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Josh Strickland

Hallsville athletic director Cody Farrell is set to bring new coaches in front of the board on July 19. The board will then vote on making Josh Strickland head football coach while promoting Chris Whatley to head baseball coach.

“We’ve talked about both these spots at great length to our administration and our board knows about them,” Farrell said. “Josh is here working as an employee but our superintendent said to make sure we put on there that it’s pending board approval on the 19th. That’s the direction that we as an administration are headed and we’re exciting about both spots. They both have strong ties here.”

“I graduated from here (Hallsville High School) in 2000,” Strickland said. “ I’ve always had goals set as a coach and I’ve reached most of those but always on that list was to be a head football coach and one of those was always to come back home eventually and the chance to get to get those both done at the same time is pretty awesome. I’m fired up.”

“He was a finalist for the job last year but he ended up with COVID and it just wasn’t good timing,” Farrell said of Strickland. “I wanted to make sure we were getting a guy who knows the quarterback position, who coaches the quarterback position. I thought that was pretty important. I was also very selective on the type of offense. There’s not going to be a big change. He’s still going to be committed to the tempo offense, spread it out to run it. I really wanted someone who was connected to this place and was going to have some strong ties to it. Tommy’s (Allison) ties were going back to Waco to be with his kids. So his ties were pulling him out but Josh is a guy whose ties are pulling him here. That was this time around. Tommy did a good job and he left this place better than how he found it but now we need to get somebody who can pick up the torch and be here for longevity.”

Strickland spent the last six years at Eaton High School. Last season his Eagles went 5-1 in district play along with Southlake Carroll, Byron Nelson, Keller, Keller Central, Keller Fossil Ridge and Keller Timber Creek. Strickland’s offense averaged 32.1 points per game, scored at least 50 points twice and at least 40 points five times. Eaton defeated Weatherford 21-14 in the first round of the playoffs before defeating San Angelo Central 40-16 in the second round.

“One thing I told them is, ‘I come in here right away and have something similar, something in common with you guys because I wore that same jersey. I’m coming home and I don’t plan on leaving home. I plan on being here a while.’ I think that’s something these guys really need right now,” Strickland said. “I actually talked to the kids this morning. That’s what I was looking forward to the most. Everything else is what it is and there’s a lot still to be done but that’s the part I was looking forward to, to start building relationships with those guys. They’re going to have a little bit of a break but when they come back on July 12, we’re going to hit the ground running and take advantage of all the time we’re given with these guys before two-a-days get here on Aug. 2.”

“It was a brand new school so we went that first year with just freshmen and sophomores and just had a JV schedule,” Strickland said of Eaton when he first started there. “Year 2 we were 5A without a senior class and actually went into our last game with a chance to get into the playoffs. If we had won that last game, we could have gotten into the playoffs without seniors. Our next year was our first year with seniors. We won a playoff game that year and the very next year we moved up to 6A. We were .500 our first two years in 6A and last year we went 9-4. We got beat by Prosper in the third round.”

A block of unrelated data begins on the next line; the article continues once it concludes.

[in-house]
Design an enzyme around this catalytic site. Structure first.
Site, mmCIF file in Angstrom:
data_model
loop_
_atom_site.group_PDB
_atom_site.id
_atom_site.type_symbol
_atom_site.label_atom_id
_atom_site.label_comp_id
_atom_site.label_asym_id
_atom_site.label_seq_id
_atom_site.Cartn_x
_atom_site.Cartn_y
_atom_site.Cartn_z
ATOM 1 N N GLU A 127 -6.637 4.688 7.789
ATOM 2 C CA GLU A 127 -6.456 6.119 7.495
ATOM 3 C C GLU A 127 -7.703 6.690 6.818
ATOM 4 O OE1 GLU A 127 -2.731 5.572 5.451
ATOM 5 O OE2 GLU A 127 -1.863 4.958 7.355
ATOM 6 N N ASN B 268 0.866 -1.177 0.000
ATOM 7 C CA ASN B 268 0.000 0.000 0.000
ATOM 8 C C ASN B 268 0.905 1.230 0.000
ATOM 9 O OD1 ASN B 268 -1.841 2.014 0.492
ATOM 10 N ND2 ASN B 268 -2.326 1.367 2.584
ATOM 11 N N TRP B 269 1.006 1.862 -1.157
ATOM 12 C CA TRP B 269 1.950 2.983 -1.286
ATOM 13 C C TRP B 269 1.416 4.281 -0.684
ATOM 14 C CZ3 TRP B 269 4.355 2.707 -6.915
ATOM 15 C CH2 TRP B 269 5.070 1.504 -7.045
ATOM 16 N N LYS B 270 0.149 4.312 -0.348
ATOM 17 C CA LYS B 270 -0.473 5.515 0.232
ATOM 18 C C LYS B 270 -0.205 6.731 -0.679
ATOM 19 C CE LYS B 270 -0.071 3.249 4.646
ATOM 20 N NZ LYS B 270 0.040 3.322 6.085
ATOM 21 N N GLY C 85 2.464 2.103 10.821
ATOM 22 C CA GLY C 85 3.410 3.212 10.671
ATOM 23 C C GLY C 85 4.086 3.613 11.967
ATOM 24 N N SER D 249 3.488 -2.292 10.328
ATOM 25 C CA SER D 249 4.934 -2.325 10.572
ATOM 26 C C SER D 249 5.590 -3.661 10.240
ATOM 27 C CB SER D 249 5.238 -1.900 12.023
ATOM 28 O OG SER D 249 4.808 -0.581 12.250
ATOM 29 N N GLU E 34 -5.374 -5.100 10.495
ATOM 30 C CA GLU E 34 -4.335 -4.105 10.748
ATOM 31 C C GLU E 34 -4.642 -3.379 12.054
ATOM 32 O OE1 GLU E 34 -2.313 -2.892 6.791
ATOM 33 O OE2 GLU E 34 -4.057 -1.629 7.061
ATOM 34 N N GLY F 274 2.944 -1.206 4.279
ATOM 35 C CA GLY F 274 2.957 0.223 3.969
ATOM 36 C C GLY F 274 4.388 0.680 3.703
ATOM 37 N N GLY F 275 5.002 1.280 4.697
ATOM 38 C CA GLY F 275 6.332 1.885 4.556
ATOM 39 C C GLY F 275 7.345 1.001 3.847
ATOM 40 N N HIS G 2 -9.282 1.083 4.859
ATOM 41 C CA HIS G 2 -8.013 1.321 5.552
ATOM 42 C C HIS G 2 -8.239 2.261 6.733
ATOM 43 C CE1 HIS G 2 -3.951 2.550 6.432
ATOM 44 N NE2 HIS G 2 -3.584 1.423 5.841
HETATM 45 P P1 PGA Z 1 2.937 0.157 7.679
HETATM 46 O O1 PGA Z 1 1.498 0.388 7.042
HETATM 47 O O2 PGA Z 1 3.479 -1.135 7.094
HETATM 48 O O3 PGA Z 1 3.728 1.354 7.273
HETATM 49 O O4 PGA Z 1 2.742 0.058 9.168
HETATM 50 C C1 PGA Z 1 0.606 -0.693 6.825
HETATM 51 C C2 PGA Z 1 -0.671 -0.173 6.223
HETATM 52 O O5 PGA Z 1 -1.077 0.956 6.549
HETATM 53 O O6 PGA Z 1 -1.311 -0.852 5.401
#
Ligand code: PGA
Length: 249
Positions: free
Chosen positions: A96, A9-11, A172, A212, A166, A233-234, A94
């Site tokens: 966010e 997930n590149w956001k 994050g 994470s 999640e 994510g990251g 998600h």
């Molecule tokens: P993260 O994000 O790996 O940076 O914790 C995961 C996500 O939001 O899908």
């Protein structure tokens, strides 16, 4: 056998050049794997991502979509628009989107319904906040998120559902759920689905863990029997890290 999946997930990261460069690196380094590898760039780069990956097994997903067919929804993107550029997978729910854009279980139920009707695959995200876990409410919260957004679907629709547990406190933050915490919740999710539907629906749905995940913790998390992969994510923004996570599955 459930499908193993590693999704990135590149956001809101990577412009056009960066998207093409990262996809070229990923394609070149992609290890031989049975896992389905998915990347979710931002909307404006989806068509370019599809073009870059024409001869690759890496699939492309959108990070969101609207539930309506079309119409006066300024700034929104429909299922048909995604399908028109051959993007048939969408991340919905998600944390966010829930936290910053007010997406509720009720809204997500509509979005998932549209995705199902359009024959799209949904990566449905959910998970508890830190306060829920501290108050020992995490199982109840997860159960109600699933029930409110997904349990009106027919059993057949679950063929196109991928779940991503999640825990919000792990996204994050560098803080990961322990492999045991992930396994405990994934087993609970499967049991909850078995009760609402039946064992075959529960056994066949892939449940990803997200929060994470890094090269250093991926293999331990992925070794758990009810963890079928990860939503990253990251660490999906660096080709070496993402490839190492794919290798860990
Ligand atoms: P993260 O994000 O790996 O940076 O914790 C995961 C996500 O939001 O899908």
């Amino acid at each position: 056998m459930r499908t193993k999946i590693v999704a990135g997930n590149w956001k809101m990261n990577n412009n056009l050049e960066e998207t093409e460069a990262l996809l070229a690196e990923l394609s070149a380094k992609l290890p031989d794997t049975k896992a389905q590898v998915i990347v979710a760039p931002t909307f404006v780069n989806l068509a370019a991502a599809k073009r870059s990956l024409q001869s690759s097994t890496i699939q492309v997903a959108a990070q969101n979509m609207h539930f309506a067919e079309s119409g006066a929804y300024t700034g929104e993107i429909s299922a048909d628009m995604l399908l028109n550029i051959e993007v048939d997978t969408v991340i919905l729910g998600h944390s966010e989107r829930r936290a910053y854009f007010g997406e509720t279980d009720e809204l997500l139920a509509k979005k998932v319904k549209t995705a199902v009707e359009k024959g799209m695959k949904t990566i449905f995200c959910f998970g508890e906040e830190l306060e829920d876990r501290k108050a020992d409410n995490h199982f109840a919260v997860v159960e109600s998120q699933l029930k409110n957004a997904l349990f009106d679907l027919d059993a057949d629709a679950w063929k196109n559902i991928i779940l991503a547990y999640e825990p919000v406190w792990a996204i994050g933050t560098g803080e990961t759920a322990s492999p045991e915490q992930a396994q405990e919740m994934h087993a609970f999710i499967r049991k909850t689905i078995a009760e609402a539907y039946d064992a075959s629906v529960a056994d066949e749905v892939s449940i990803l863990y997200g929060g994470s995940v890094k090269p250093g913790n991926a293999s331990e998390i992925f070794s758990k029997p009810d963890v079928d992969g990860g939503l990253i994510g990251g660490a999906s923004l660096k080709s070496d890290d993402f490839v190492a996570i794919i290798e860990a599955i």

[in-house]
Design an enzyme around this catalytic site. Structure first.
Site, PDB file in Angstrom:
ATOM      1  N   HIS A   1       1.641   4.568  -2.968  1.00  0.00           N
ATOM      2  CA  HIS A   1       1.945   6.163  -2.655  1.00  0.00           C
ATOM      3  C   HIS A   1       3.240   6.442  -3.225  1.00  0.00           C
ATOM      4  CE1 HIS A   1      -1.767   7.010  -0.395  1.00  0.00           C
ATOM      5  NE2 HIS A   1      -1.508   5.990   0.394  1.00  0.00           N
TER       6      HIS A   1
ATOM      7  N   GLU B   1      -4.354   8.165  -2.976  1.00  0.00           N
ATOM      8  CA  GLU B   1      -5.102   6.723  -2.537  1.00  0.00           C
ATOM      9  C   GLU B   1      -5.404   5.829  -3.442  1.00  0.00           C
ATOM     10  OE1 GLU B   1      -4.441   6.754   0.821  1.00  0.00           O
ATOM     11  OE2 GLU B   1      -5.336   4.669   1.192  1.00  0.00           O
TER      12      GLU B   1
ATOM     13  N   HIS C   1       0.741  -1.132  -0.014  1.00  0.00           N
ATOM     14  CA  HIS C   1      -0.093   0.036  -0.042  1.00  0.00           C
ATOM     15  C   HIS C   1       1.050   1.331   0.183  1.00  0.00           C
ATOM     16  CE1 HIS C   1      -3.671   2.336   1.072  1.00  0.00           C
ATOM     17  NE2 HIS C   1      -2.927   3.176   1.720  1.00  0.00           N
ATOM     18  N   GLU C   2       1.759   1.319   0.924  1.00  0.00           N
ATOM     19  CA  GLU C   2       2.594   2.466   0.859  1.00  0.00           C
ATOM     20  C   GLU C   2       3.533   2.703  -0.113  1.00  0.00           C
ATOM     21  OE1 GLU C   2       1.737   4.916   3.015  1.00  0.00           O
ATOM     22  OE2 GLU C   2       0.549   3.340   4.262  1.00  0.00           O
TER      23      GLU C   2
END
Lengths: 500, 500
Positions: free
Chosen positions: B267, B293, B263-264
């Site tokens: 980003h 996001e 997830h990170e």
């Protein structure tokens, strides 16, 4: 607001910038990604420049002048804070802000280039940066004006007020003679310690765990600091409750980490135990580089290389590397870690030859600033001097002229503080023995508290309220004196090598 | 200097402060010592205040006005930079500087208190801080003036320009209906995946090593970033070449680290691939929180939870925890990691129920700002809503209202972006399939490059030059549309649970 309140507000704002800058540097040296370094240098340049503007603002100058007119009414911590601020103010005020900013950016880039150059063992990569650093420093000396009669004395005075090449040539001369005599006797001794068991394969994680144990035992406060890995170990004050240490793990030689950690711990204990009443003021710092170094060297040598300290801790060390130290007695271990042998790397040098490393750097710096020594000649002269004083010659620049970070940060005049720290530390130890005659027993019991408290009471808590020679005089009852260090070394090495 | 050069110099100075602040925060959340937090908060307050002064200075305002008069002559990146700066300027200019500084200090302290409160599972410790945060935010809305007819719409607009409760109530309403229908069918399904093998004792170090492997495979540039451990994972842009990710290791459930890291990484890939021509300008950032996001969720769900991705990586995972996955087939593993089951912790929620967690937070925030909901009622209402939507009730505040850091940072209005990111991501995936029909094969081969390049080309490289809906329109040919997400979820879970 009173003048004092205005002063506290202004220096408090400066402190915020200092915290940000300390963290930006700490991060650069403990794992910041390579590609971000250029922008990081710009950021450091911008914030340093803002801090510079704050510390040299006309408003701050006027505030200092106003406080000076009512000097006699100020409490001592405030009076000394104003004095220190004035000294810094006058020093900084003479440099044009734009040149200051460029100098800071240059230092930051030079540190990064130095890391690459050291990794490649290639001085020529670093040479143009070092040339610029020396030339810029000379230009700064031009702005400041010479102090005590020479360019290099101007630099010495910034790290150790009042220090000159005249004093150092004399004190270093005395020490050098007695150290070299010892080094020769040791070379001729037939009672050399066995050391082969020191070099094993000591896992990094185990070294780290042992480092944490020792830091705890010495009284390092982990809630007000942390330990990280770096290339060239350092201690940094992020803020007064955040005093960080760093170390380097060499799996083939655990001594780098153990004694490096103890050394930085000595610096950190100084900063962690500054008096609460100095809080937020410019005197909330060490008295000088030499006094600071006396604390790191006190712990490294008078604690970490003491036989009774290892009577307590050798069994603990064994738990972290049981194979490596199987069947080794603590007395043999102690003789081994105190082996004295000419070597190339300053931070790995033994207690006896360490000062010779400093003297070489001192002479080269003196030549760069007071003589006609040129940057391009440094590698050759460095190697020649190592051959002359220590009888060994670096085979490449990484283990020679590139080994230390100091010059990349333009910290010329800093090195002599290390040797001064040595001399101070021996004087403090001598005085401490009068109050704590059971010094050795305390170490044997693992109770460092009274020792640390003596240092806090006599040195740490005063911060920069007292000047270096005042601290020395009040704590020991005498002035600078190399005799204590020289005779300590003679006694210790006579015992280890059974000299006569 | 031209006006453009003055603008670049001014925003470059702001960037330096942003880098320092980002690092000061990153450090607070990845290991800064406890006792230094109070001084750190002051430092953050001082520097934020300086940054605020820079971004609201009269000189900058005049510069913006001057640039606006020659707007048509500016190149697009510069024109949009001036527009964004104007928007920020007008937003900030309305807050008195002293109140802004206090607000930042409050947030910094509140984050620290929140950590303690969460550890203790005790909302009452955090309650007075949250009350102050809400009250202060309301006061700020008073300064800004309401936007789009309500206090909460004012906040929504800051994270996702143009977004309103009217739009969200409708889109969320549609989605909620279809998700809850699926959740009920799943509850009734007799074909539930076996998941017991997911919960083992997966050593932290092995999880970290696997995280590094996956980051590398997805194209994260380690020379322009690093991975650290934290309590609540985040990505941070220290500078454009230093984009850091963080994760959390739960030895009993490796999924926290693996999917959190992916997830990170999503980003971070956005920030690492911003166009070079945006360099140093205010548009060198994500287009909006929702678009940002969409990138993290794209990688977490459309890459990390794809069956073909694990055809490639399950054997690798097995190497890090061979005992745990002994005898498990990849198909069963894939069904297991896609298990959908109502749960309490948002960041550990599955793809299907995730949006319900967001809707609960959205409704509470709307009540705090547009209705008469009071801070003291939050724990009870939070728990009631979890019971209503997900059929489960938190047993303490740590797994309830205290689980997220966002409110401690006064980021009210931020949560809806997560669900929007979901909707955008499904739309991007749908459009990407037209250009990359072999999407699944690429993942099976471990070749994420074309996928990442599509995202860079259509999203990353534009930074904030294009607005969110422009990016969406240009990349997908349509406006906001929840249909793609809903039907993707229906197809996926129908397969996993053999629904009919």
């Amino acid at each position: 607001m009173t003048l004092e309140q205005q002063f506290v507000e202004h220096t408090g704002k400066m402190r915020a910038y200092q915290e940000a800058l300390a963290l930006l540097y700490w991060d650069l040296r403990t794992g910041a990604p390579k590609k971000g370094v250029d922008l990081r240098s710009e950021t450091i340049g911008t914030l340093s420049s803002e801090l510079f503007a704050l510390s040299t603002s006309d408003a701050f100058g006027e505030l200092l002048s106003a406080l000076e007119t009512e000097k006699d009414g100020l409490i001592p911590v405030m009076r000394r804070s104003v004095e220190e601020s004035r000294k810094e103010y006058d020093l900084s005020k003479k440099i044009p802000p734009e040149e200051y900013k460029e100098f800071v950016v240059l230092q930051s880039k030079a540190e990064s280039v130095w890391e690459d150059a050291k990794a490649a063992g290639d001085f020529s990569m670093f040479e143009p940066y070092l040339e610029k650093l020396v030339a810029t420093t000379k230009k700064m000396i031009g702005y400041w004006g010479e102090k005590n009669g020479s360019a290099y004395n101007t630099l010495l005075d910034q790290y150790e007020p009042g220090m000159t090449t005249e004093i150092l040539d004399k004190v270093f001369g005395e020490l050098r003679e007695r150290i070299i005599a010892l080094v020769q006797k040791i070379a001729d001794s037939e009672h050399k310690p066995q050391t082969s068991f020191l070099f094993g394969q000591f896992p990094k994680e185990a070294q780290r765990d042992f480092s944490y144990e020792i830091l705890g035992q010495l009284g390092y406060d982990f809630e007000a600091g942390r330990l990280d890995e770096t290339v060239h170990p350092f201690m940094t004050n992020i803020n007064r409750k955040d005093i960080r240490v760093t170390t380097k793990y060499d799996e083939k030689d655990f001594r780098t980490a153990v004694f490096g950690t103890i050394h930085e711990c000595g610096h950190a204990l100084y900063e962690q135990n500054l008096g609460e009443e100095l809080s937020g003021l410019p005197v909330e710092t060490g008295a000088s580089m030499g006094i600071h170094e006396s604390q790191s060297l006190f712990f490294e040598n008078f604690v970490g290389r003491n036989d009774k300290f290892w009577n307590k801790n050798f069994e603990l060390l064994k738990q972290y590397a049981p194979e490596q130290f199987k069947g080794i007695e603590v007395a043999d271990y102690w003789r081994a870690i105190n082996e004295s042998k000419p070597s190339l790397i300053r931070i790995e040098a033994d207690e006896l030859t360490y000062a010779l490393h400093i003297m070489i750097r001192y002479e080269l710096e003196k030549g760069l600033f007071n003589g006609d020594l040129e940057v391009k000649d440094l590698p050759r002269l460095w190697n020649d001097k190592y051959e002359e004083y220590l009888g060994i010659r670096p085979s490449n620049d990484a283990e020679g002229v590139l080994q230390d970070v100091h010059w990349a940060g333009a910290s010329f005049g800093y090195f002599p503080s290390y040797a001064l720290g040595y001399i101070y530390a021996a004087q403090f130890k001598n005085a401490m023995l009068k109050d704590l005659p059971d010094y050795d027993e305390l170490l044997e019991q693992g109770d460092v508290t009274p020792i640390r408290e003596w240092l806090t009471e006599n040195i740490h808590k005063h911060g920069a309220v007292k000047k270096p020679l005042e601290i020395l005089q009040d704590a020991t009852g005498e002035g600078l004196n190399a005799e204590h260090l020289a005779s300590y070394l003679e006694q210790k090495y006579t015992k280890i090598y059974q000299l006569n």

Strickland previously coached at Sulphur Springs, Springtown and Crandall before Eaton.

Promoting Whatley to head baseball as Scott Mitchell’s replacement seemed like an obvious choice to Farrell. As an assistant, Whatley helped lead the Bobcats to the state championship game this spring and was part of the 2014 team that went to the state tournament.

“He’s been in the system for 10 years and has matured over that time,” Farrell said. “I’ve seen a lot of growth in him as a coach. I’m really proud of Chris. That was an easy recommendation for me because I’ve seen his growth as a professional. Scott was a great head coach and he retired. This isn’t a negative thing. It’s actually really neat because it’s kind of how you want it to be. You want to have a strong coach groom people underneath him and let them take over. Chris learned a lot and added a lot to our program. He’s going to bring different strengths, not in a bad way but it’s his turn and we’re excited about him.”

Farrell said there were a number of applicants for both jobs.

“There were a lot for the baseball job, 50, 60-plus,” he said. “For the football job there were probably in the 20-25 range. I bet baseball would have been more if we hadn’t had a strong candidate internal because a lot of guys really know our baseball team and they all knew we were going to hire within. If the football job had opened up earlier, we probably would have had a little bit more but we were committed to moving pretty fast on the football deal. We’re excited about both these coaches. I know Chris is a transplant but I feel like he’s a Hallsville guy. He’s like me, I was a transplant here but I consider this my hometown and I consider Josh Strickland a hometown guy.”

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